The texture of the applied adhesive in the areas in
As described above, varnish materials may be used to reduce static build-up among the blanks and to prevent simultaneous blanks from being fed from the hopper. Preferably the varnish material used is a flexible, high gloss, UV-curable, top lacquer with low sensitivity to static charge. In one embodiment, the varnish is of the type described above such as SunCure LO 7500T from Sun Chemical of Parsippany, N.J. However, those skilled in the art and following the teachings herein will understand that other varnish materials may also be used.
In a preferred embodiment, a commercially available cigarette packaging machine, such as the G.D. X2 from G.D. SpA of Bologna, Italy or the 350S from Focke & Co. of Verden, Germany, is modified to form packages made of a transparent plastic material instead of paperboard. The G.D. X2 cigarette packaging machine is described in U.S. Pat. No. 6,694,708, which is herein incorporated by reference.
To achieve the desired adhesive pattern, it may be desirable to attach several hot-melt applicators 542 to a manifold 530 (visible in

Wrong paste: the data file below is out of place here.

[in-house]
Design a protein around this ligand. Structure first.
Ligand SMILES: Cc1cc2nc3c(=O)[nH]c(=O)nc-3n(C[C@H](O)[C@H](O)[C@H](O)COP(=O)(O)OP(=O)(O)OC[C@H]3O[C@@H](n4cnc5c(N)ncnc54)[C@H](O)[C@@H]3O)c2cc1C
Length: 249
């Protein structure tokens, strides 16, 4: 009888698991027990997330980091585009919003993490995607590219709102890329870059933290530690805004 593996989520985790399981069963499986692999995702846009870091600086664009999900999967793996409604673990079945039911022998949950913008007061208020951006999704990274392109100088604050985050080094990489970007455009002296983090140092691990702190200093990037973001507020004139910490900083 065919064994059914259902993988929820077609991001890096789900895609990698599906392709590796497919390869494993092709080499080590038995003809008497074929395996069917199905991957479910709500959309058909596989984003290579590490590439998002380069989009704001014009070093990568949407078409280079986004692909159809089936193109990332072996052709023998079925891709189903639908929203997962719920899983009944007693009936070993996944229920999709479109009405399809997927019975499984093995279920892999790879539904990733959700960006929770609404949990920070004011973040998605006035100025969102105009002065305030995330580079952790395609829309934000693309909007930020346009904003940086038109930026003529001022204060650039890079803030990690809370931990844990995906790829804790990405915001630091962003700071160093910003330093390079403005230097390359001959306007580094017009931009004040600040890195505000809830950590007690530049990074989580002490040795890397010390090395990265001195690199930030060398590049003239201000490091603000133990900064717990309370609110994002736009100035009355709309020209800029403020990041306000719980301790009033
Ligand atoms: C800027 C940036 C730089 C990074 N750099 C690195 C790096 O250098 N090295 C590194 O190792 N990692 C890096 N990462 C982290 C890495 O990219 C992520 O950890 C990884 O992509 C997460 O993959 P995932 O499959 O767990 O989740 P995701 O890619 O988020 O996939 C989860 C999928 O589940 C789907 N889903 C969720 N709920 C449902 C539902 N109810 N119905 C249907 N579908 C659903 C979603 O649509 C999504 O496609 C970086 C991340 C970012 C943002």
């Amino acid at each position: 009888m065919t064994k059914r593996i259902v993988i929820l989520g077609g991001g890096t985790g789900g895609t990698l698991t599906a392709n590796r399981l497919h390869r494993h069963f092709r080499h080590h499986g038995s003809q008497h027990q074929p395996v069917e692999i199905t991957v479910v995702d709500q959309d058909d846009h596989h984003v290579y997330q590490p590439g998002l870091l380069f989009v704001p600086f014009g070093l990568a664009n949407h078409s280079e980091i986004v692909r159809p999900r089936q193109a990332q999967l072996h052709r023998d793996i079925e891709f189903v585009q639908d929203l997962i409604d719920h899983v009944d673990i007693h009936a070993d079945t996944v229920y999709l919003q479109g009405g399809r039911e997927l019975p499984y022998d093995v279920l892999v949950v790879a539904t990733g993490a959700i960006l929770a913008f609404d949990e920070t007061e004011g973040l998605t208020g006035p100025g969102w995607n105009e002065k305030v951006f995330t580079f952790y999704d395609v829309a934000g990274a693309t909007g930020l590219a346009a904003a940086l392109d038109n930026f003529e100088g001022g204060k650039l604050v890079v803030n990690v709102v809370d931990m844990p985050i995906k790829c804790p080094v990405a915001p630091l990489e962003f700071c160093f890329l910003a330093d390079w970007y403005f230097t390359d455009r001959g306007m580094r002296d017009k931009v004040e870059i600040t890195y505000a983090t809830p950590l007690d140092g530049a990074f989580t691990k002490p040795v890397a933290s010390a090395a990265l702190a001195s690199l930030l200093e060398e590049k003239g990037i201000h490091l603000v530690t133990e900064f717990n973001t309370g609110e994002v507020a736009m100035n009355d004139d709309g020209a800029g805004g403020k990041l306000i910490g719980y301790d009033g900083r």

In one embodiment, an encoder device 622, such as a Series H35 Sealed Hollow Shaft Encoder from Dynapar of Gurnee, Ill., is coupled to the gear train 620 of the cigarette packaging machine. The gear train 620 drives the translational movement of the container blanks 100 through the cigarette packaging machine. The encoder 622 tracks the translational movement of the blanks 100 through the packaging machine and assembly process based on readings taken from the gear train 620. The encoder 622 is in electronic communication with an electronic control unit 630 for the hot-melt adhesive applicator 542. The electronic control unit 630 is used to control the pattern of hot-melt adhesive applied by the applicators 542. Furthermore, the electronic control unit 630 may be used to adjust the feed pressure to apply the proper amount of adhesive based on a variety of system parameters including the feed rate of blanks into the packaging machine. Typically, a machine such as the G.D. X2 may operate at a feed rate of up to about 400 blanks per minute, or more often up to about 300 blanks per minute, or most often between 150 and 250 blanks per minute. The electronic control unit 630 may be a model XT-E4 glue control unit from Baumer hhs of Krefeld, Germany. However, other control units may be used. Additionally, the electronic control unit 630 may be coupled to a hot melt adhesive tank and pump, for example a model HMP-08 Promelt tank and pump from Baumer hhs of Krefeld, Germany.